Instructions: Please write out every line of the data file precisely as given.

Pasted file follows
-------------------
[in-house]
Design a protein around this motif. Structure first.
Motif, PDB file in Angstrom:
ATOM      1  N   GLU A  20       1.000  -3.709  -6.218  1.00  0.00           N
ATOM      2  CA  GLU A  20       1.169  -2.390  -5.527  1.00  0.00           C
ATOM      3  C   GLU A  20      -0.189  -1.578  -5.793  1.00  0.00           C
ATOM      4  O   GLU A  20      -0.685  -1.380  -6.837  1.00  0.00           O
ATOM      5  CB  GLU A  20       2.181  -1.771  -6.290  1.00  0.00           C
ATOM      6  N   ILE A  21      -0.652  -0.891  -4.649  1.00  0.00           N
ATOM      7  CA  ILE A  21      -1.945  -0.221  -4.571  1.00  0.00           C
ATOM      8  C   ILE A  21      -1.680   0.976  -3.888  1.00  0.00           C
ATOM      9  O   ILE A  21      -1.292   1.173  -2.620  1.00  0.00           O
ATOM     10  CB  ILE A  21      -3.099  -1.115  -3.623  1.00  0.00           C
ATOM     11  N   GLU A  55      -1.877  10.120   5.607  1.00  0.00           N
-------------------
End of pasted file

[in-house]
Design a protein around this motif. Structure first.
Motif, PDB file in Angstrom:
ATOM      1  N   GLU A  20       1.000  -3.709  -6.218  1.00  0.00           N
ATOM      2  CA  GLU A  20       1.169  -2.390  -5.527  1.00  0.00           C
ATOM      3  C   GLU A  20      -0.189  -1.578  -5.793  1.00  0.00           C
ATOM      4  O   GLU A  20      -0.685  -1.380  -6.837  1.00  0.00           O
ATOM      5  CB  GLU A  20       2.181  -1.771  -6.290  1.00  0.00           C
ATOM      6  N   ILE A  21      -0.652  -0.891  -4.649  1.00  0.00           N
ATOM      7  CA  ILE A  21      -1.945  -0.221  -4.571  1.00  0.00           C
ATOM      8  C   ILE A  21      -1.680   0.976  -3.888  1.00  0.00           C
ATOM      9  O   ILE A  21      -1.292   1.173  -2.620  1.00  0.00           O
ATOM     10  CB  ILE A  21      -3.099  -1.115  -3.623  1.00  0.00           C
ATOM     11  N   GLU A  55      -1.877  10.120   5.607  1.00  0.00           N